Every commercial kitchen needs a sink - and most could use more than one. But with so many different types of sinks, finding the perfect one for your business can be a challenge. That's why we've laid out all the factors that you need to consider when searching for a sink of your own. From the number of compartments to the material of the unit and more, all you need to know about compartment sinks can be found right here. For more information on how to care for your sink as you work with it, you can also consult our stainless steel care guide.
The first factor to consider is how many compartments you'll need. You can determine this by planning out the tasks for which the sink will be used the most. If you need a place to rinse, wash, and sanitize, the classic three compartment sink is your best bet - you can even label each compartment for clarity. This sink layout is one of the most common in the industry because it's so easy and intuitive to use. It's also able to hold almost any kind of dishware, cookware, or flatware in each compartment while maintaining a relatively compact footprint to fit in most commercial kitchens.
Alternatively, there are also one compartment, two compartment, and four compartment sinks to do just about any job you require. One compartment units are great for areas where space is at a premium, and four compartment sinks offer greater versatility for locations with room to spare. But no matter what you choose, it's most important to know if your sink will be able to handle what you need it to do.
The material of the sink you buy is just as important as its number of compartments and size. All compartment sinks are made of stainless steel to ensure long-lasting durability, but there are different grades of steel used. Type 430 steel is commonly used in the industry for all kinds of equipment, and it ensures you get your money's worth when purchasing a sink. Type 304 is also very dependable with the added bonus of extra rust and corrosion resistance. This makes it better for use in wet environments, like coastal areas, where it will be able to stand up to the constant humidity.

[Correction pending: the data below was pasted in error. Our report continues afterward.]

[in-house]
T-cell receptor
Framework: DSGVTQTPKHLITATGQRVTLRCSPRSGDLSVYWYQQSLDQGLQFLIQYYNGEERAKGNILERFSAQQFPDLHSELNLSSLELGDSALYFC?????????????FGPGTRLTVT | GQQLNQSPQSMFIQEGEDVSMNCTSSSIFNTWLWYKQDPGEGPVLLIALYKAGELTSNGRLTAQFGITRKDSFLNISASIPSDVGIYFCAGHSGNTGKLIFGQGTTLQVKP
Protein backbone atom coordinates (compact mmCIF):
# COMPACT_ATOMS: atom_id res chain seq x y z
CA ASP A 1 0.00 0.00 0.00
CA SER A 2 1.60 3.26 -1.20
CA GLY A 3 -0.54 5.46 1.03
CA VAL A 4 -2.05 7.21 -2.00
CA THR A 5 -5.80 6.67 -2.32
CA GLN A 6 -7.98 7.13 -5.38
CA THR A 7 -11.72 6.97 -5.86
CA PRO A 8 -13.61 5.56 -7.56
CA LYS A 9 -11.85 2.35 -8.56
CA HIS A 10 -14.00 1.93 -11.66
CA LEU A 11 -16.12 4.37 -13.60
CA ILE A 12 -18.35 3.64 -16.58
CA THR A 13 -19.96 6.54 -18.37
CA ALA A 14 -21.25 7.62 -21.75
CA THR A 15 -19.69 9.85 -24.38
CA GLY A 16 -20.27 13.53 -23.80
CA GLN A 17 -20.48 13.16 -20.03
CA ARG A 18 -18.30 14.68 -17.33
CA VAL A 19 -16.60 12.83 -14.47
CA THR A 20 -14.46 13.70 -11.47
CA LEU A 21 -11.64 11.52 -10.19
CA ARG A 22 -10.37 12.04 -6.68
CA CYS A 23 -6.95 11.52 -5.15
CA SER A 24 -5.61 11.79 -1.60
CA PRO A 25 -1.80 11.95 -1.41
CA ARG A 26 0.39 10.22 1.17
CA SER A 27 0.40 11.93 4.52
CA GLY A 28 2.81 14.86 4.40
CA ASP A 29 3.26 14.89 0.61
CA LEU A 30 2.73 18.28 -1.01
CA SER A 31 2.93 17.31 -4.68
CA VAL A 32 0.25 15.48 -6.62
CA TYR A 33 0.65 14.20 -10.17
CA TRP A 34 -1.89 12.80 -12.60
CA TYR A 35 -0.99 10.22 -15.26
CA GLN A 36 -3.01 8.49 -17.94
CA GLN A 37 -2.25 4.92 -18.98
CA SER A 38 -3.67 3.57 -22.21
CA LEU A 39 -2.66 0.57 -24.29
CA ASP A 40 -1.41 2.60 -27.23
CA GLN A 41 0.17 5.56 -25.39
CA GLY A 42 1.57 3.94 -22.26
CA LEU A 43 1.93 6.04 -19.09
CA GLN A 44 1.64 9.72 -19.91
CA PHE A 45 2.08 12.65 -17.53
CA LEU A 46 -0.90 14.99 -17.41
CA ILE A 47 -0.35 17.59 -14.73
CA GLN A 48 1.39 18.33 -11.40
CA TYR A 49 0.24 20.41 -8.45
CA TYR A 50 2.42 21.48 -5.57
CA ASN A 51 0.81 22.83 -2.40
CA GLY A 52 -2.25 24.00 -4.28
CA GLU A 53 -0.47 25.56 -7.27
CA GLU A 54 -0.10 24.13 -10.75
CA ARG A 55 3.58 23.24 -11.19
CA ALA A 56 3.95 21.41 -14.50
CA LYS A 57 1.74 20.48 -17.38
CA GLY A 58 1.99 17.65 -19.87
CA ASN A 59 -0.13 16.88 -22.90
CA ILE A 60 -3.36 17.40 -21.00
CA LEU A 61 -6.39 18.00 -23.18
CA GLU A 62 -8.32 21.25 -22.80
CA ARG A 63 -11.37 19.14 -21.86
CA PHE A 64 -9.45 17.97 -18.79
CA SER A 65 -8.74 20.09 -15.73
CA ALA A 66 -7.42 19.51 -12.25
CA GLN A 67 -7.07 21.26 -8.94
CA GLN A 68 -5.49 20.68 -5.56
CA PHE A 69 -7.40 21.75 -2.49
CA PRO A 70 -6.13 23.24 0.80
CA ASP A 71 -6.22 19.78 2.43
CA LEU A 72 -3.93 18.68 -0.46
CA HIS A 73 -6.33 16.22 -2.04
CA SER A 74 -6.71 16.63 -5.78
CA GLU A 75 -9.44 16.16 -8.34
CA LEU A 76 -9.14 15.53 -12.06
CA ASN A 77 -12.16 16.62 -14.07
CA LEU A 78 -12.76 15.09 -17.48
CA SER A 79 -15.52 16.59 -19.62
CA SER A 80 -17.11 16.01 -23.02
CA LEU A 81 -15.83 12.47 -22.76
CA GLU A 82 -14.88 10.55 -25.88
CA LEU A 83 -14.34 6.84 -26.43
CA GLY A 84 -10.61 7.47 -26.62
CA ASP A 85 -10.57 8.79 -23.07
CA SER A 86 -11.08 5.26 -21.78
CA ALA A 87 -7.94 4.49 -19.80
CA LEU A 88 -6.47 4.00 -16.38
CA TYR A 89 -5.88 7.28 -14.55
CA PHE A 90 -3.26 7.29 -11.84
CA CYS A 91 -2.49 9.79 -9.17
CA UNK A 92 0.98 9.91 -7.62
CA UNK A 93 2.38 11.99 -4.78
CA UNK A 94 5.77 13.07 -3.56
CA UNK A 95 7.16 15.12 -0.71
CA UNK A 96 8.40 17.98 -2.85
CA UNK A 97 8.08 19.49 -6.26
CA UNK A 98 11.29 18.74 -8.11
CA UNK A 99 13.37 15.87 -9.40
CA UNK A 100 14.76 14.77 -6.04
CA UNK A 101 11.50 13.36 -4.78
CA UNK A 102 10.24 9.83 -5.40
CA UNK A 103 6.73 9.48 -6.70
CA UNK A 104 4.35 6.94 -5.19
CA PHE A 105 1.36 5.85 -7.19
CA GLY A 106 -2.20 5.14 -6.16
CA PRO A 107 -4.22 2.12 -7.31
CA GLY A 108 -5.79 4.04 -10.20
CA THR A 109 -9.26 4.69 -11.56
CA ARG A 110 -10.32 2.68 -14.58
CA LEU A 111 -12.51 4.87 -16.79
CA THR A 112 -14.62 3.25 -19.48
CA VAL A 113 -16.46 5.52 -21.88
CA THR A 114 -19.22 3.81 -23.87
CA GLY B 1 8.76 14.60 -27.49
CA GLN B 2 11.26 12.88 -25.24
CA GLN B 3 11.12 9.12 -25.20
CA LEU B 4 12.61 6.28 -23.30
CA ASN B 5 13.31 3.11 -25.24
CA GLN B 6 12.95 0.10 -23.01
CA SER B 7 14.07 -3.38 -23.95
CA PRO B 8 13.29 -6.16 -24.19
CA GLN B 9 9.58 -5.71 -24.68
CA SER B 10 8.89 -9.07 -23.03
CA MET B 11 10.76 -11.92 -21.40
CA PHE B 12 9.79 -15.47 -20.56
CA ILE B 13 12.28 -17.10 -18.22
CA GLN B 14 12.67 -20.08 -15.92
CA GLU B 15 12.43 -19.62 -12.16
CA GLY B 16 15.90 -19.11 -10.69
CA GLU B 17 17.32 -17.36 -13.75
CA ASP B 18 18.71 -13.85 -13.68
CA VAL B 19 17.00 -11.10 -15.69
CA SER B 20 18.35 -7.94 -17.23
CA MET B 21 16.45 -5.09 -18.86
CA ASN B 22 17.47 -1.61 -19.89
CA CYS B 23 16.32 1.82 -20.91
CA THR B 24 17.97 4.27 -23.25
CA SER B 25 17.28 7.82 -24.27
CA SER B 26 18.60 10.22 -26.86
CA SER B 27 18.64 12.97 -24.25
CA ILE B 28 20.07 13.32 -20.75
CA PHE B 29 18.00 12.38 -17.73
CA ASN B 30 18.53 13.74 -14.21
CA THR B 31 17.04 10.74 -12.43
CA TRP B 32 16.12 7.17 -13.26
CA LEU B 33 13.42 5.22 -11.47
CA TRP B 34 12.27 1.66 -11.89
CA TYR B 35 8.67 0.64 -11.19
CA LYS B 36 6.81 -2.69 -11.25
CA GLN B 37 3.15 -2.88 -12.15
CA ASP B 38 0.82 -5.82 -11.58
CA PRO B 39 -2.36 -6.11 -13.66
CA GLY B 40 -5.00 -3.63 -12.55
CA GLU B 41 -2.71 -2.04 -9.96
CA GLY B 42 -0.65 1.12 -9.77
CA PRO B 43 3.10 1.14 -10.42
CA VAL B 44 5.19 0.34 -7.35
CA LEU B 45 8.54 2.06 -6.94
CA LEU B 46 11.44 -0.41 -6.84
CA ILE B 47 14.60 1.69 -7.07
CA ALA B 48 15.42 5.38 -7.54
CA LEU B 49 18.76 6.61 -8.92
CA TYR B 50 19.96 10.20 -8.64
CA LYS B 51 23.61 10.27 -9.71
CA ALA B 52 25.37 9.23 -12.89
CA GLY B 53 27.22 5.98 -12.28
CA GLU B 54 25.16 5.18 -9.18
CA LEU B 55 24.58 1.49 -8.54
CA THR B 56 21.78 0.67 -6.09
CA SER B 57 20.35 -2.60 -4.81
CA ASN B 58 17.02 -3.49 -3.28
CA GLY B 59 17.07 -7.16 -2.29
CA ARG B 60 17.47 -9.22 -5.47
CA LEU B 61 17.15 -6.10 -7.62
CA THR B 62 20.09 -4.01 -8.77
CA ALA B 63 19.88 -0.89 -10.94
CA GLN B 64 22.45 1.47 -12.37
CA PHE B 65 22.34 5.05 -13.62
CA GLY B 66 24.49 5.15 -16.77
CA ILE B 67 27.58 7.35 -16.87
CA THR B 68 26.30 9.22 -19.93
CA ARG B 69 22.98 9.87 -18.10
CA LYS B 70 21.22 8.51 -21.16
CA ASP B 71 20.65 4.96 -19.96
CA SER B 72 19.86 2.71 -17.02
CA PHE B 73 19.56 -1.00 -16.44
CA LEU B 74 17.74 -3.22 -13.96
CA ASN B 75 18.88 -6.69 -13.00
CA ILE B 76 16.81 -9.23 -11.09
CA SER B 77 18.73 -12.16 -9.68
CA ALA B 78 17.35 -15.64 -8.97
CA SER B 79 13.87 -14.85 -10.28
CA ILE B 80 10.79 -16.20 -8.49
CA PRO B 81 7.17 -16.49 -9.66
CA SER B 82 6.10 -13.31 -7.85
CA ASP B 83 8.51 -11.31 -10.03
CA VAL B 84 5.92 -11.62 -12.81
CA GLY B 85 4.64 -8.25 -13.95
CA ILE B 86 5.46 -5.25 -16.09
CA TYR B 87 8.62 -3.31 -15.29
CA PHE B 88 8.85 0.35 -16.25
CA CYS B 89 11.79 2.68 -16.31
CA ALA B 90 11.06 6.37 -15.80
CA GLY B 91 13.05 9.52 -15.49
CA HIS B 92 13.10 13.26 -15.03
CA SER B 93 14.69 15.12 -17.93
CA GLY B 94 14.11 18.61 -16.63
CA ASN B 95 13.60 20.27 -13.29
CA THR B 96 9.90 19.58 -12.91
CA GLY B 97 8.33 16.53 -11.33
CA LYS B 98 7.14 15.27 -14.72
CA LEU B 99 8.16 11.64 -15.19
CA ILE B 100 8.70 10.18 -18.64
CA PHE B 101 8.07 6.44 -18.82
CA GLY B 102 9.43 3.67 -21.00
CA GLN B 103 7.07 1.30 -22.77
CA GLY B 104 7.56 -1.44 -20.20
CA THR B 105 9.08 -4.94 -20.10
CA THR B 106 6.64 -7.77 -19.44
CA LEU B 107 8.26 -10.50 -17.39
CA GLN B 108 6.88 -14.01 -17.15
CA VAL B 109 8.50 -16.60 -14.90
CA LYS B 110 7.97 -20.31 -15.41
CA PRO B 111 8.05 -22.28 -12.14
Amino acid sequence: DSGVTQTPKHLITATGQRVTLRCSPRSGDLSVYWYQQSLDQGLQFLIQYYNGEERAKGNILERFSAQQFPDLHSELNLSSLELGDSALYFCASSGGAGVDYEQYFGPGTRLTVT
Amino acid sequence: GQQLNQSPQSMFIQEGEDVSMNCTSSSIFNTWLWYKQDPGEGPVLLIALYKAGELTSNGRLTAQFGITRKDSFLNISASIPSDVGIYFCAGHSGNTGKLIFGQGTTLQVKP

Each compartment sink is also made with a specific gauge of steel. The gauge is a measurement of the steel's thickness, with lower gauges indicating a thicker metal. The thinnest gauge used for sinks is 18 gauge, which is thick enough to ensure a reliable purchase. The toughest sinks are made of 14 gauge steel, which adds durability and increases the weight of the unit. So while an 18 gauge Type 430 steel sink will be strong enough for most kitchens, the heavy duty14 gauge Type 304 sinks are designed to stand up to more use for a longer time.
For the best convenience, compartment sinks can come with drainboards on one or both sides for a variety of purposes, from drying washed dishware to adding extra table space. Most sinks also include holes drilled into the backsplash to support nozzle, gooseneck, or pre-rinse faucets, depending on what you need, to give you the chance to streamline rinsing and cleaning. With three and four compartment sinks, the units commonly come with multiple centers punched over different sinks so that you can have multiple faucets for separate purposes while you work.